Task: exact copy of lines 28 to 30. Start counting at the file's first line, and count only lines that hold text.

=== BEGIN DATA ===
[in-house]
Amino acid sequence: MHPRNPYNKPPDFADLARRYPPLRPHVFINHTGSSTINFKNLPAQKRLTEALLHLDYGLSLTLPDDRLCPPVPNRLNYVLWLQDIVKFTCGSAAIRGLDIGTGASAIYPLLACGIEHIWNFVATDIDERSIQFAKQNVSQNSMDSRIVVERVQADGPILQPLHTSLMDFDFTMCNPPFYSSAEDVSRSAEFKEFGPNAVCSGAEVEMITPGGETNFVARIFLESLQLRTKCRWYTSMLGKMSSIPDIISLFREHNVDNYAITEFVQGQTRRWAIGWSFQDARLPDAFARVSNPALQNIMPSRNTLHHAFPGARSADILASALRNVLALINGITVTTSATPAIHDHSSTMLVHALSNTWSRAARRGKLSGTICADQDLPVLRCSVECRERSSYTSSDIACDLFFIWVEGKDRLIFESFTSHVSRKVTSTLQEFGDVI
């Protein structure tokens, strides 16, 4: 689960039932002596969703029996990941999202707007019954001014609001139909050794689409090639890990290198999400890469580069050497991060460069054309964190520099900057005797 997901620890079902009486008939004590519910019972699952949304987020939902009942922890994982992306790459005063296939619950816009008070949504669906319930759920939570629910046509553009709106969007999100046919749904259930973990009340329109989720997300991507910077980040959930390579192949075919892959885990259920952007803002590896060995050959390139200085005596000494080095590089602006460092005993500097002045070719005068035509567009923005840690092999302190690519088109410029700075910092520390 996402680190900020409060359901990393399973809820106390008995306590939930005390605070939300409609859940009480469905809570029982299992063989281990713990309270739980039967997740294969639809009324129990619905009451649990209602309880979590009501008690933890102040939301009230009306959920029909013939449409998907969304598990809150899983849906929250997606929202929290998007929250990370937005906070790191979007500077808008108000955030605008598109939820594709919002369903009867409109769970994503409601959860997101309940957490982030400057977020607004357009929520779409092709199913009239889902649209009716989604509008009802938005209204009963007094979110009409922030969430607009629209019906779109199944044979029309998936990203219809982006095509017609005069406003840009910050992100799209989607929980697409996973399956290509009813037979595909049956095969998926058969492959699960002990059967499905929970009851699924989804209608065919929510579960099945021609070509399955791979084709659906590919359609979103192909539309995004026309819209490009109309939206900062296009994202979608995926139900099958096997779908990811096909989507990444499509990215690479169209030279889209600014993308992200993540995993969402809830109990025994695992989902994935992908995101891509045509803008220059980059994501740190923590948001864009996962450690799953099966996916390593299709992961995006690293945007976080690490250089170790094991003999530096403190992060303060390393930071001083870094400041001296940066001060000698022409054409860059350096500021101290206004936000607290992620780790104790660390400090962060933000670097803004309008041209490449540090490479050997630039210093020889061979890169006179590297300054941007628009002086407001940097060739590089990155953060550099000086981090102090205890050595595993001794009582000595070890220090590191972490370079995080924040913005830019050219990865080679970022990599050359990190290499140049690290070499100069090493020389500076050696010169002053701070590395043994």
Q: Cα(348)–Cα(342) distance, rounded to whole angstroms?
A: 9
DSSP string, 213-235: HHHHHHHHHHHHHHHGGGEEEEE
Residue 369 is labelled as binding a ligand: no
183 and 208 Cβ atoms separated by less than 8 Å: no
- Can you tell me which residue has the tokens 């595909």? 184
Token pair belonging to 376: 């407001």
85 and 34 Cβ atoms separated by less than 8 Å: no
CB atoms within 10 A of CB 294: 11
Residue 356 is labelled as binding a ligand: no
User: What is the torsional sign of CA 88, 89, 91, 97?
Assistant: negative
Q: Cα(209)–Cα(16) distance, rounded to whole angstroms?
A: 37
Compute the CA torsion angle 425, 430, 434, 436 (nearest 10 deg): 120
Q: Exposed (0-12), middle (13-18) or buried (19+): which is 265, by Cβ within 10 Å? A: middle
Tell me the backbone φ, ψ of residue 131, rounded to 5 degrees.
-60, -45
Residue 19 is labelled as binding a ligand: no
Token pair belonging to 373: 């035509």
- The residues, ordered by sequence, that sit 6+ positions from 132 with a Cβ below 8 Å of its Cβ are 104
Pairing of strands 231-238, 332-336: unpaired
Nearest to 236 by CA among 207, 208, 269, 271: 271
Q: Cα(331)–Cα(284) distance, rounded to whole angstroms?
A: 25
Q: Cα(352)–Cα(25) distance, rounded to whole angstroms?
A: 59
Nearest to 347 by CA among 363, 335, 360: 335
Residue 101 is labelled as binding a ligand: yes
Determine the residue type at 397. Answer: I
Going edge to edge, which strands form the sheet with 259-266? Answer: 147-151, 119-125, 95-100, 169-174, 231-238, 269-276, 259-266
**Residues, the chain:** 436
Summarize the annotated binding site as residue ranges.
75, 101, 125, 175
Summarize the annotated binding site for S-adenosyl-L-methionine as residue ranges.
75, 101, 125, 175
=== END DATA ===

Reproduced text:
A: 25
Q: Cα(352)–Cα(25) distance, rounded to whole angstroms?
A: 59